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Blog Recognition: Thanks a Bunch!

My sister blogger, Aiming Flamingo, has nominated me for the Blogger Recognition Award. Thank you so much Aiming Flamingo! Readers and followers are essential elements of the conversation that happens in the blogosphere. I very much appreciate your support.

blogger-recognition-award

I’ve been blogging for several years, had a website, and created a web zine. It was driving me crazy trying to keep up with four blogs, a website and the zine. I decided a little over a year ago to put everything under “one roof,” hence the title of my blog, One Roof Publishing.

I cover a lot of territory in the blog, writing Q&A posts about events and people, posting inspirational essays, writing about health and wellness, and anything else I can think of, including occasional short fiction. I welcome Followers and am always looking for new essay and article ideas. If you would like to guest post on my site, send your query to fsharon@msn.com.

I am a writer through and through. I have indie published several books and am close to publishing a new novel. I also do writing for hire through my business, Write Stuff Writing Services.

I’m not much for handing out advice, but that’s part of the process of passing the Blogger Recognition Award around. So here goes: My two pieces of advice for new bloggers – your best shot at getting readers is to know who you want your readers to be (target marketing), and posting regularly.

Below are the sites I’m recognizing. It is indeed an eclectic mix that shares one thing in common and only one: these are all folks who have a passion for something. I find that admirable and inspiring. Passion puts the pizzazz in life.

1eclecticwriter
Dr. K. L. Register, The Ninth Life
Edge of Humanity Magazine
Momentary Lapse of Sanity
Windy Lynn Harris
Success Inspirers World
Gabriella Clark
Kate  Barnwell Poetry
Haddon Musings
Kathleen Rodgers
saneteachers
Sarah Flores Blog
Be Inspired!
Charles French
Author Kristen Lamb

 

Now it’s your turn. The rules are simple.
1. Thank the blogger who nominated you and provide a link to his or her blog.
2. Write a post to show your award.
3. Give a brief story of how your blog started.
4. Give two pieces of advice to new bloggers.
5. Select 15 other bloggers you want to give this award to.
6. Comment on each blog and let them know you have nominated and provide the link to the post you created

I hope you can make the time to join in the support and recognition of other bloggers.

The right words…

Write Stuff Logo

You have your passion and I have mine. Allow me to put my passion for writing to work for your business or organization.

Write Stuff: (The short list of writing services)

  • Blog development and content
  • Website content
  • Ad development and design
  • Facebook post management
  • Posters
  • Rack Cards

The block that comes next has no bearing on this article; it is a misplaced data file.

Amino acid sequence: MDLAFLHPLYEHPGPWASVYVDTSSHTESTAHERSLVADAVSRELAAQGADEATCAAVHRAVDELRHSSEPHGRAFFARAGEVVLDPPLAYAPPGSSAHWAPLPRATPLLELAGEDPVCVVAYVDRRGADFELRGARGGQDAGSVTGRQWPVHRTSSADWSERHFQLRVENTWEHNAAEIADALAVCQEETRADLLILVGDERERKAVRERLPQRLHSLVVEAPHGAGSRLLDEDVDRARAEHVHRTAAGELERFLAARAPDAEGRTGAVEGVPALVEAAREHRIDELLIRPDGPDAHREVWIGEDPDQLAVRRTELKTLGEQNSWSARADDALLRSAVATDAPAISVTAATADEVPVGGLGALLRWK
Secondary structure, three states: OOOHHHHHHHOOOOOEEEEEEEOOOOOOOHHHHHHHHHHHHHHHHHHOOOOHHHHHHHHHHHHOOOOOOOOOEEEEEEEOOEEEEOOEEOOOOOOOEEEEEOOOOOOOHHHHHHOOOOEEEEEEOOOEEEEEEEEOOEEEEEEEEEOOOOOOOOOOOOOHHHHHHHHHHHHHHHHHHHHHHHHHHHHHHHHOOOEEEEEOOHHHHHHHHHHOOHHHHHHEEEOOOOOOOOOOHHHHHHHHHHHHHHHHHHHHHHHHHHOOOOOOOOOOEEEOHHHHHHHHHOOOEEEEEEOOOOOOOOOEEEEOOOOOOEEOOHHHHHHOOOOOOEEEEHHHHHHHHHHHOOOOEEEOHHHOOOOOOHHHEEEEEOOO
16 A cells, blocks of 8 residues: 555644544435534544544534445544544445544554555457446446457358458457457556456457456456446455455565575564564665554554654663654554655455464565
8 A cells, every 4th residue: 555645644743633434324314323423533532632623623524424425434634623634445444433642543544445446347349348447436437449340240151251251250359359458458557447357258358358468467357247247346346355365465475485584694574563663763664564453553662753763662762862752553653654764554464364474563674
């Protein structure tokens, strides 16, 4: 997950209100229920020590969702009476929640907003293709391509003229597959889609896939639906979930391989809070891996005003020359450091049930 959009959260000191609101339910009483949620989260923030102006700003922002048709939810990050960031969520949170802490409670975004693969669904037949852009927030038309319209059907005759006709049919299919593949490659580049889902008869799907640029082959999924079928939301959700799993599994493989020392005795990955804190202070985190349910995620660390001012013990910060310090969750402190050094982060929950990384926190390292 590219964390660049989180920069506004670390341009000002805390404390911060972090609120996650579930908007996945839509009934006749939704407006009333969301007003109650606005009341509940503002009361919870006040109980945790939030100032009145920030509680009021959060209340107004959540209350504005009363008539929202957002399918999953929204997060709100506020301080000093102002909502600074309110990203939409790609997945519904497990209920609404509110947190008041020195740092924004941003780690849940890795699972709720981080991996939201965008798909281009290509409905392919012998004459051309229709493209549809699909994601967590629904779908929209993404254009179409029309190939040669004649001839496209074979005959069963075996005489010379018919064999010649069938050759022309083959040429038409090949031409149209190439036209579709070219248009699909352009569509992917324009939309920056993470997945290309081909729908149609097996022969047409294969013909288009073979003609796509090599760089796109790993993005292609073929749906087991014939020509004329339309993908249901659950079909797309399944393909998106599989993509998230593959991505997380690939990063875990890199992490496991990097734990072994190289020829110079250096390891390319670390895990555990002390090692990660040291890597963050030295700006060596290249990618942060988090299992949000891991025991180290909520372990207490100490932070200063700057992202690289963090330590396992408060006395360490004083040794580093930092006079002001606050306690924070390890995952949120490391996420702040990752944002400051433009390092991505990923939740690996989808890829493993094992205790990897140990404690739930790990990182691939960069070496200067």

• Brochures
  • Press Releases / Public Relations
  • Flyers (content and design)
  • Newsletters development and design (digital Mail Chimp or for print)
  • And more…

Call for a free consultation • 505-617-0839

Five reasons to hire Write Stuff

Outstanding content on your website or blog is critical. Strong copy in advertising, e-mails and other communication is the difference between getting your message across and blending in with the crowd.

Focus your energy
You have a particular passion and talent. Whatever that is, that is what you want to do. That’s how you make your money. That’s how you want to spend your time, not writing copy for e-mails, blogs, ads, flyers, newsletters and other business communications. By hiring Write Stuff you can concentrate on the things you do fabulously.

Develop ideas

Your time is valuable. Your business relies on you. When you hire Write Stuff you stop worrying about getting your message across to your customers in a creative and consistent way and concentrate on taking care of them.

The job done right

When you have a problem with your car you take it to a reliable, professional mechanic. Car repair isn’t your thing, nor do you want it to be. You trust the mechanic to do the work that needs to be done. Turning your written communication needs over to Write Stuff assures the work will be done correctly, creatively and on time.

Target and tailor your message

You know who your customers are. How do you reach them? That’s where Write Stuff can help you by identifying strategies for reaching the people with money to spend for the products or services you offer. Target marketing isn’t a catch phrase, it’s a must for the savvy entrepreneur.

Best foot forward

Written communication is a reflection of your professionalism. The best selling point for your business is how you are perceived based on several factors, among them how you appear in print. Whether you are sending out a press release or posting a sign on your door correct spelling and grammar say a lot about your respect for your customers and attention to detail.

For information contact 505-617-0839 / e-mail fsharon@msn.com

One Roof Publishing Digest

I’m changing my website look with the idea of making it more user friendly. Not sure I succeeded. I liked the old theme that popped up with a nice display of ten recent posts with a photo. The new theme may do that, but if so, I haven’t figured it out yet. Please let me know what you think by commenting at the end of this post or by e-mailing me at fsharon@msn.com. It is a work in progress, so more changes are coming.

Following is a digest of links to recent posts you may have missed. I hope you will take time to check these out, like, comment and share.

Q&A with Ron Querry

Ron QuerryRon Querry should be an actor in a Western movie. He has the craggy good looks, air of romanticism and steely-eyed stare of a cowboy hero. He would scoff at such a description, but his tongue-in-cheek memoir tells a different story. Creative license aside, I See By My Get-Up reveals a man much inclined to finish what he starts, and one who learns by observation, intuition and application. Despite growing up in an age of disillusionment and questioning everything, Querry kept on course when it came to education and earned his Ph.D. in American Studies in 1975. He spent a few years as a professor at the University of Oklahoma, and taught at Highlands, Lake Erie College for Women, and conducted seminars on Native American Literature in Italy. Read more…